• Suicide is different from self sacrifice, even in Catholicism. He was out of his gourd and thought he was martyring himself.
    • Catholicism also does not allow you to hire an assassin to ritually murder people, the Camerlengo is not exactly working under conventially Catholic morality from the start. Then again, maybe Dan Brown simply did not research Catholicism hard enough to realize that suicide is a mortal sin.
      • But to be fair, killing other people can be a lot more ambiguous. It's incredibly easy to find examples of very devout Catholics who thought killing people was okay in at least some circumstances (the Crusades were pretty popular, after all). And in addition, suicide is unique because it's the only mortal sin of which it's generally impossible to be absolved, for obvious reasons. So I'll agree with the more obvious explanation.
    • Or maybe the guy honestly believed he deserved to go to Hell, once he realized how pointless his crimes had been.
      • That, or he believed that dying that way (even if it meant going to Hell afterwards) was the only way he could spare the Church's reputation from being sullied by his own crimes. This way, nobody's going to be able to claim that he was a Catholic fanatic, because a true Catholic wouldn't commit suicide: he'll just be remembered as a nutjob, so out of touch with the legitimate faith that he'd willfully damn himself.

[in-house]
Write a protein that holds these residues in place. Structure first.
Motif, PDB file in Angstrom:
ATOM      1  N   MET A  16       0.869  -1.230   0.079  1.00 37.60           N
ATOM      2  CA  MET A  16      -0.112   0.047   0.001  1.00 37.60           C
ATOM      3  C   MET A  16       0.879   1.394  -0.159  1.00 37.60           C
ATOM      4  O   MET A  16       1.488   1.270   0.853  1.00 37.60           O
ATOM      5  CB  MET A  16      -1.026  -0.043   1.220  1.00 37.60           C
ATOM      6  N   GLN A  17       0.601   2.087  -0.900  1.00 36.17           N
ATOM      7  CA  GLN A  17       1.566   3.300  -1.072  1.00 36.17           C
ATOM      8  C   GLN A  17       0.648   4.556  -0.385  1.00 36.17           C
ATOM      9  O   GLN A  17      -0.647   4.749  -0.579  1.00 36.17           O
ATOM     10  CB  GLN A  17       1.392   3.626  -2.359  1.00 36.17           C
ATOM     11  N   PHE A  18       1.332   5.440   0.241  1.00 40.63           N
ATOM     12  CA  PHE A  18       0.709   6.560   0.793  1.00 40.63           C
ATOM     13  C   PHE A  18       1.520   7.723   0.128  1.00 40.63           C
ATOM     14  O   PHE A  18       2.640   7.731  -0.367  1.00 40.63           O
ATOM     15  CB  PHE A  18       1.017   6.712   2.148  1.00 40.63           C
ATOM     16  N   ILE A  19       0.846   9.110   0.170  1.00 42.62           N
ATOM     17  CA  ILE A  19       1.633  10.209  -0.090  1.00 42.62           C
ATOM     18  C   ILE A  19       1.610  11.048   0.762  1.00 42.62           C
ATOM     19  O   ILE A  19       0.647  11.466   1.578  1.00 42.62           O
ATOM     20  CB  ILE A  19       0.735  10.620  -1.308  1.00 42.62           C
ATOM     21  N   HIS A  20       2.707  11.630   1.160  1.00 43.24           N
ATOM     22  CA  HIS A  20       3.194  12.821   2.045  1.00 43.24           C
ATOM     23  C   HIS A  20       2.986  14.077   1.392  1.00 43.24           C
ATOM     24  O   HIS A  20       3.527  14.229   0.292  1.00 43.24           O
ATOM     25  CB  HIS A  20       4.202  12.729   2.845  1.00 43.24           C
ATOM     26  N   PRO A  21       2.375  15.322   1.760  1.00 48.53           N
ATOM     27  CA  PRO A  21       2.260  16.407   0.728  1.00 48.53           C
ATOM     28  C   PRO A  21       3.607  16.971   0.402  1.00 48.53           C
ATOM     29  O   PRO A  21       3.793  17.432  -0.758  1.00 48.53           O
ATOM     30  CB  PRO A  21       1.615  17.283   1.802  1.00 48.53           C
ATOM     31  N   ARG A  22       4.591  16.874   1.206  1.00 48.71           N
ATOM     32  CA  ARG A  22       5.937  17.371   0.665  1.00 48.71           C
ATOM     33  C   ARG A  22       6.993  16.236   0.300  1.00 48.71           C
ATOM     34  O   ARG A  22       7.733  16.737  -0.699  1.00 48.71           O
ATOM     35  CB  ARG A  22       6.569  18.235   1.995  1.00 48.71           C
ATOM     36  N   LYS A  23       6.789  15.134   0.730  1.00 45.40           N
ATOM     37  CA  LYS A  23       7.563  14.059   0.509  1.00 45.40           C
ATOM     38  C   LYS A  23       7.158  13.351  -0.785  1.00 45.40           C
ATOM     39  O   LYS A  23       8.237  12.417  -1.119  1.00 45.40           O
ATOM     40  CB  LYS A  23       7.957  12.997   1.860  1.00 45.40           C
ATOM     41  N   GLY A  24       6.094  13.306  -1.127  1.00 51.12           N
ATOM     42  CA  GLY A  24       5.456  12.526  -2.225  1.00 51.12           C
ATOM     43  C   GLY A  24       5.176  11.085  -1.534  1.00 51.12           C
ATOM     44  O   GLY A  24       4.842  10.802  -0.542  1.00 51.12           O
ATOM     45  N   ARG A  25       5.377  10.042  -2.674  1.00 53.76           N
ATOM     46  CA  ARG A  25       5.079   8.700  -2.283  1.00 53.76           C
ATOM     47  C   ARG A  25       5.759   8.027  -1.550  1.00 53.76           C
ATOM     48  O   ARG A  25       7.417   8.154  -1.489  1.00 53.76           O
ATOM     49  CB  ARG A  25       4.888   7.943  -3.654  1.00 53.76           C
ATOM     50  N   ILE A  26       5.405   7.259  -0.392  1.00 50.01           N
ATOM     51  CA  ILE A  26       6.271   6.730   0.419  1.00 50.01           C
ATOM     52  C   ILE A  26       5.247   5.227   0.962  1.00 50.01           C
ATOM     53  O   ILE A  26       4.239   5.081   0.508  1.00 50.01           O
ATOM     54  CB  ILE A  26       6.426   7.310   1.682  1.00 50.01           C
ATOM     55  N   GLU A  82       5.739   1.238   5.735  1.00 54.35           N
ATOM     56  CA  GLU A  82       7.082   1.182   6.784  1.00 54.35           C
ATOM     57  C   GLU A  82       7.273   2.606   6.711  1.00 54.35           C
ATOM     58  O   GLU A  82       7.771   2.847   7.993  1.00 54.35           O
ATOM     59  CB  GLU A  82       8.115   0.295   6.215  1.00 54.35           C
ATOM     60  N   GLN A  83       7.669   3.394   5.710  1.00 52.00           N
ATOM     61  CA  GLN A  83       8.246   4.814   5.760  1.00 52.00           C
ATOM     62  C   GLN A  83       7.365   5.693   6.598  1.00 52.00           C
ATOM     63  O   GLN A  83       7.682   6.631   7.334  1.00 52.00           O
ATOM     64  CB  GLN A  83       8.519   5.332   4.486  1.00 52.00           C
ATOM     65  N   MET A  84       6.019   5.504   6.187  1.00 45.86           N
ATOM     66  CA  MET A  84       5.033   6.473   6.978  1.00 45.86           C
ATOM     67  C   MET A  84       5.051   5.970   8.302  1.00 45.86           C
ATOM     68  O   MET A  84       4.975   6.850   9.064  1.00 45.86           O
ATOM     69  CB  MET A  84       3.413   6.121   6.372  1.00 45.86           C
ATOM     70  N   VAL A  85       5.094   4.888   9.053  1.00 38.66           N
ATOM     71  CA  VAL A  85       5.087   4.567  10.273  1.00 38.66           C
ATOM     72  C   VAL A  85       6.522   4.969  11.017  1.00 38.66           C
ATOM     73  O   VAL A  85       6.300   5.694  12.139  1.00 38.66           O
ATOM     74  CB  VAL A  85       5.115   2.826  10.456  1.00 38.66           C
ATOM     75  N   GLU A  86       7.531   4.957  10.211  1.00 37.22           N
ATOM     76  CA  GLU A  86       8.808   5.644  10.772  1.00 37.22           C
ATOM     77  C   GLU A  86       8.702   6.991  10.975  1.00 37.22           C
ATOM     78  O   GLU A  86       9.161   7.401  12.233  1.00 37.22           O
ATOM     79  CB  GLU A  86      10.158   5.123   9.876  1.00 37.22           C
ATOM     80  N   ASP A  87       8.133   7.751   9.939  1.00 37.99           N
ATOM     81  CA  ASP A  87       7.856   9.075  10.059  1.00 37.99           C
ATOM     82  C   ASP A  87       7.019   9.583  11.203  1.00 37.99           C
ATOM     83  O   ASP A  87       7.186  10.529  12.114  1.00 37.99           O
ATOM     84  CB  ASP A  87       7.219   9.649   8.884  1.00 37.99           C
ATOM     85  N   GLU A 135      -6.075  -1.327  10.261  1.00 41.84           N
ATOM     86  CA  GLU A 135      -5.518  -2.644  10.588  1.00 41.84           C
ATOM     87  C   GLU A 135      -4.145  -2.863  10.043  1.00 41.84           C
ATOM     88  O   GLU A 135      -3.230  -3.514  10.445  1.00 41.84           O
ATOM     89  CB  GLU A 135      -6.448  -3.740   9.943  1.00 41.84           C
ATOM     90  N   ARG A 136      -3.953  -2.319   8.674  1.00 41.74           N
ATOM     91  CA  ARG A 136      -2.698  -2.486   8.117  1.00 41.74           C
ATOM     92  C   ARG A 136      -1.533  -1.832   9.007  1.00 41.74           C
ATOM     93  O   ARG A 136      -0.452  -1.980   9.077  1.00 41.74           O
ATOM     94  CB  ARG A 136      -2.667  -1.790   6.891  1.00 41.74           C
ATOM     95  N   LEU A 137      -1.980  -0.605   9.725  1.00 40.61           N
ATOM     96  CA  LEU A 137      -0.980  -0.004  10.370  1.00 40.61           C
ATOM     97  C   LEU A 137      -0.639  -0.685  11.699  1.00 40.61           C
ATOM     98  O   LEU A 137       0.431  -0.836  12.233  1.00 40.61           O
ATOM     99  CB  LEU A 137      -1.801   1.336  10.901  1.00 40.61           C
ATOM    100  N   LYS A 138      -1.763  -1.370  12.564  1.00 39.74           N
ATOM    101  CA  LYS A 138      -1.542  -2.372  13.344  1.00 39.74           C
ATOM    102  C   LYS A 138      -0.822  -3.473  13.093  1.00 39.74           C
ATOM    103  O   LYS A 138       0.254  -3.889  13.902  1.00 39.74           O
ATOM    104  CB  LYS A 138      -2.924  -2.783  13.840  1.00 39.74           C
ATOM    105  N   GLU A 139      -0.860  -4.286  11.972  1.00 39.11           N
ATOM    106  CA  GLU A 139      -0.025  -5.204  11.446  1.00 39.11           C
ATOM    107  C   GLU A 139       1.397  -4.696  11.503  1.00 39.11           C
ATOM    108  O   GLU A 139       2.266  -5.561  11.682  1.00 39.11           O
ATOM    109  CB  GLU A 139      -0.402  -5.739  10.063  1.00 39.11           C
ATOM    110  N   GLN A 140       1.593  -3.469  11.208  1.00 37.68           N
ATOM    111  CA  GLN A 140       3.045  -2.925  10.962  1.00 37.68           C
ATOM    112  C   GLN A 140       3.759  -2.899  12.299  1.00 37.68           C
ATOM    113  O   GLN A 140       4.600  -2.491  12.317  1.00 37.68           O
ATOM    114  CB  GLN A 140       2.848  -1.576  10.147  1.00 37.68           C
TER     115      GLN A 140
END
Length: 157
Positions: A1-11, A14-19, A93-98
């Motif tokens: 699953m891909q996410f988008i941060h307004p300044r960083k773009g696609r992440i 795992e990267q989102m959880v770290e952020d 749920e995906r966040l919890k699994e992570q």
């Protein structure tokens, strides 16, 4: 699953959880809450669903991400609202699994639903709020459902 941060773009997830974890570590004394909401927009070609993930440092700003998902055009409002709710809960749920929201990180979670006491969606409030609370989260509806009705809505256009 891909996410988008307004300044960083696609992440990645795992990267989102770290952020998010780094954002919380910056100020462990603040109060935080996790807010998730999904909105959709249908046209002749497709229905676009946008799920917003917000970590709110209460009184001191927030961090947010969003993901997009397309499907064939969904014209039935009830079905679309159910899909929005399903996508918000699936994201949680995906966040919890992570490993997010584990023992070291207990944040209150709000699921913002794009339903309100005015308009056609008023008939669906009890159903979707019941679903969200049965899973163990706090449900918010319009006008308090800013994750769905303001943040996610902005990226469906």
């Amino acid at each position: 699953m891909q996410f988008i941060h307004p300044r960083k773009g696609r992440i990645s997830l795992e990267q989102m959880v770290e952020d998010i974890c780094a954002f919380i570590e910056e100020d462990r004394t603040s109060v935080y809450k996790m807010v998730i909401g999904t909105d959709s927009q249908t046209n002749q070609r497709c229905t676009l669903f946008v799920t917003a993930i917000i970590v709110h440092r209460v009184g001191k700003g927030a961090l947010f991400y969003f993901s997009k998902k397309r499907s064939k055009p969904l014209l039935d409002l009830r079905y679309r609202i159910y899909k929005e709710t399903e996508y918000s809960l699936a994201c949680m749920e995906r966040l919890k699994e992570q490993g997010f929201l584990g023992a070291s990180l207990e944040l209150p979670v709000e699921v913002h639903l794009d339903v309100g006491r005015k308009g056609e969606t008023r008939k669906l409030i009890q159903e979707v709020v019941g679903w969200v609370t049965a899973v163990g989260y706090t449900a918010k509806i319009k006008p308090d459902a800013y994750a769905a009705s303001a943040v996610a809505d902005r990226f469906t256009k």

• I remember the Camerlengo in the movie appearing to pray as he was burning. Can a person be absolved of the sin of suicide if he prays for forgiveness after committing the act but before he actually dies? I doubt the person would be sincerely repentant of the act at that point, but I'm no theologian.
      • This question is discussed in a piece of theatre by german poet Friedrich Schiller. According to the character discussing, you wouldn't be forgiven because it's a way of having your cake and eating it, too, thereby discouraging the protagonist of suicide.